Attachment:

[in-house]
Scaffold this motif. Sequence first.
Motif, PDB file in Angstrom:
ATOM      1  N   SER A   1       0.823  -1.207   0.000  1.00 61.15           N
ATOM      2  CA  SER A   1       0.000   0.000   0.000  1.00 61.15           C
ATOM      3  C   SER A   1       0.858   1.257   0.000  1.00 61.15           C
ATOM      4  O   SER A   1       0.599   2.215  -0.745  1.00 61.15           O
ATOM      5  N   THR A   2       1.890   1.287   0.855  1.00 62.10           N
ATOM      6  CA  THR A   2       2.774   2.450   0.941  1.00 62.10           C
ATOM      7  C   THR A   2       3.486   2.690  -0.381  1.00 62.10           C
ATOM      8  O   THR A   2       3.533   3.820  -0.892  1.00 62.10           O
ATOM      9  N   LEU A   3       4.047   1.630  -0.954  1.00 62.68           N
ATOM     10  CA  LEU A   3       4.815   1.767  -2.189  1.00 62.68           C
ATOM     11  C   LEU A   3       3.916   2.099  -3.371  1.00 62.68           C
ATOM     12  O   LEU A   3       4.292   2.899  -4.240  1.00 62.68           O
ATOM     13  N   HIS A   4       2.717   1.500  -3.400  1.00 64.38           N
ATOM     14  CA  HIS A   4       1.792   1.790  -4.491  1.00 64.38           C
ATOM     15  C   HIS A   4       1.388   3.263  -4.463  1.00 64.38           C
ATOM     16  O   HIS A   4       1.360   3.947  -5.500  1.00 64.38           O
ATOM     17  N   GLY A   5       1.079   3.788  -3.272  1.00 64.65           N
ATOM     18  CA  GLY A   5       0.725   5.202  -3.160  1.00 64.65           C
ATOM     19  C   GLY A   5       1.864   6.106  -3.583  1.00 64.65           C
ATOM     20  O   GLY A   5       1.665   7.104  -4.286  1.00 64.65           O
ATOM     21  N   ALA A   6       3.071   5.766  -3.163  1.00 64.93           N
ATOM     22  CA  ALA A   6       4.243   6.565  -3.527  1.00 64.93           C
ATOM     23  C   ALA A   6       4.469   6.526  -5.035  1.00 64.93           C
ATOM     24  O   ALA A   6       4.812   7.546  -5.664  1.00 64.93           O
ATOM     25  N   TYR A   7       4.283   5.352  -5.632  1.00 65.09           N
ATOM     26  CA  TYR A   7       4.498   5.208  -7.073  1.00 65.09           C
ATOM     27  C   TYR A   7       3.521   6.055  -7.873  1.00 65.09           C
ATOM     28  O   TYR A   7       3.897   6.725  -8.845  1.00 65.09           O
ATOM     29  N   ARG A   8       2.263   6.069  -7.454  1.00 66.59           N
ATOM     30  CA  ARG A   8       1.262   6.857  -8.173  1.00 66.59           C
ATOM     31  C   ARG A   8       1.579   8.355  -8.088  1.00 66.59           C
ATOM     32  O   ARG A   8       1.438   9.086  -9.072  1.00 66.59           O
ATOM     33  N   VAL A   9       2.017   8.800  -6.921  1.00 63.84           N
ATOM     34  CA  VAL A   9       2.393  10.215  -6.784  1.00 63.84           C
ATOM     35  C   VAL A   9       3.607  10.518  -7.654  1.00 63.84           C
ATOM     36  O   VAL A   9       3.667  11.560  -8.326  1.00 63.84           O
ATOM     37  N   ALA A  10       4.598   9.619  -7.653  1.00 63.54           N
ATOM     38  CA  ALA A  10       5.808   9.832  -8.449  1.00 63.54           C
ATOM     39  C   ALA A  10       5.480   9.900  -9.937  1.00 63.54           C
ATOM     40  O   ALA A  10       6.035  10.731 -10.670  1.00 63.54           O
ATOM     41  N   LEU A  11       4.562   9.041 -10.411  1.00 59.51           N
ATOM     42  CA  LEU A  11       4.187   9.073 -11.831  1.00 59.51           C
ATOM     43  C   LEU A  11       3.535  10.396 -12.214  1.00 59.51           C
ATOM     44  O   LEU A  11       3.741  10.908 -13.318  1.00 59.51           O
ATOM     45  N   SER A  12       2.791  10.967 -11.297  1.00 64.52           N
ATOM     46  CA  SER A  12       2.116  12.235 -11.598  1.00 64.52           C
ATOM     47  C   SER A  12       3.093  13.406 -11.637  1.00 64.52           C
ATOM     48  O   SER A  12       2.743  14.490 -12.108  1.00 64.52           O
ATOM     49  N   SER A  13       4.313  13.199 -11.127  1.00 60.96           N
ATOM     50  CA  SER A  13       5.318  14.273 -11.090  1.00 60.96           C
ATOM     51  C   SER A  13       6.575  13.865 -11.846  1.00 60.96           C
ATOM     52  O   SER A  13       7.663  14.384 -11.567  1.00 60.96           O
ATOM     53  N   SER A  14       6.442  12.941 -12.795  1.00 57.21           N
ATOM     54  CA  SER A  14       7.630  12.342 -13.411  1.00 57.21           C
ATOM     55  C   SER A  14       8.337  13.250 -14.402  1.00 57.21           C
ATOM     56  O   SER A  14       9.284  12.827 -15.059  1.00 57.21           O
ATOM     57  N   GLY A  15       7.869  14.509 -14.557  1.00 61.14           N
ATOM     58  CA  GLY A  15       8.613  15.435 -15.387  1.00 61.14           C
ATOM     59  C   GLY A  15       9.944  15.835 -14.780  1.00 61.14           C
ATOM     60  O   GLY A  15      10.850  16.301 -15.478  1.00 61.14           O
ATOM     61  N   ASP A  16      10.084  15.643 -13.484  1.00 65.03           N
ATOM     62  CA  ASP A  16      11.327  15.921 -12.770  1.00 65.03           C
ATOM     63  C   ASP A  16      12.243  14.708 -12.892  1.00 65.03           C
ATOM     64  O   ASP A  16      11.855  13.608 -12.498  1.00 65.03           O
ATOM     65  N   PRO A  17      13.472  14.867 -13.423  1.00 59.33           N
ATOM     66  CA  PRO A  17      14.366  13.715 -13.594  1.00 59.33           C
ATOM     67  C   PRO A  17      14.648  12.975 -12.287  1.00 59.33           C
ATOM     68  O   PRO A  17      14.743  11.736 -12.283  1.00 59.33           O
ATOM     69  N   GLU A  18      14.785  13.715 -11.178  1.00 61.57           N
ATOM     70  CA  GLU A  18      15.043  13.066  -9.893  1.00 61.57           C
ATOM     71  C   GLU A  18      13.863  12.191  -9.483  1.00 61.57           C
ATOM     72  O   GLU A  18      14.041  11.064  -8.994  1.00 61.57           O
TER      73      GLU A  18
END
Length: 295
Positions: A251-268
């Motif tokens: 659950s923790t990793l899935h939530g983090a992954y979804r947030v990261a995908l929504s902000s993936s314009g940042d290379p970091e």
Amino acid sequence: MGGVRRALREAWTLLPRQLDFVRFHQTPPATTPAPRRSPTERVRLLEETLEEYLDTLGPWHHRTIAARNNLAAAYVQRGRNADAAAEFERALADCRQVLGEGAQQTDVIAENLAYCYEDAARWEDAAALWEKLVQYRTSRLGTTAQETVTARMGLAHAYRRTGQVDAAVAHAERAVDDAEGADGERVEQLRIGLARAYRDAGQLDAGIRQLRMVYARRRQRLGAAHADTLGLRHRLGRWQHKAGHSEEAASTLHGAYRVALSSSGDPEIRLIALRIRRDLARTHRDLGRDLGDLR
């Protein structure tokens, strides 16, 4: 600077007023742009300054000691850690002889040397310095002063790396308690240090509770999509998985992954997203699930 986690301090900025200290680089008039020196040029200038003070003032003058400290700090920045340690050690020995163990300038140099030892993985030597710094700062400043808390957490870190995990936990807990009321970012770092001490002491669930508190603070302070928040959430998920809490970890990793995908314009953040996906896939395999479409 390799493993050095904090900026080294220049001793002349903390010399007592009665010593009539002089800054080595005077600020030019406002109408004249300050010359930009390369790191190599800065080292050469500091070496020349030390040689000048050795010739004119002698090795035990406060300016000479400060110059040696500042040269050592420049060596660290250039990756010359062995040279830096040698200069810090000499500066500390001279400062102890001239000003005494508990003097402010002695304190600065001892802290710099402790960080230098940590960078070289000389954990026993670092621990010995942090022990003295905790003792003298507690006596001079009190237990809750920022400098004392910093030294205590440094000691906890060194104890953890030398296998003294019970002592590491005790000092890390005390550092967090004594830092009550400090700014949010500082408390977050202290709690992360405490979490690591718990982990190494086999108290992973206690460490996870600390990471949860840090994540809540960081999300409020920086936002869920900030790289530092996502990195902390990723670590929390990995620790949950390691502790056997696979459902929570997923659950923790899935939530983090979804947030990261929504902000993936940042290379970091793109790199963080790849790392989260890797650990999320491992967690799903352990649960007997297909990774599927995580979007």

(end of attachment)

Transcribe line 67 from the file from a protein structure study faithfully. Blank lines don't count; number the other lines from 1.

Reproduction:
ATOM     64  O   ASP A  16      11.855  13.608 -12.498  1.00 65.03           O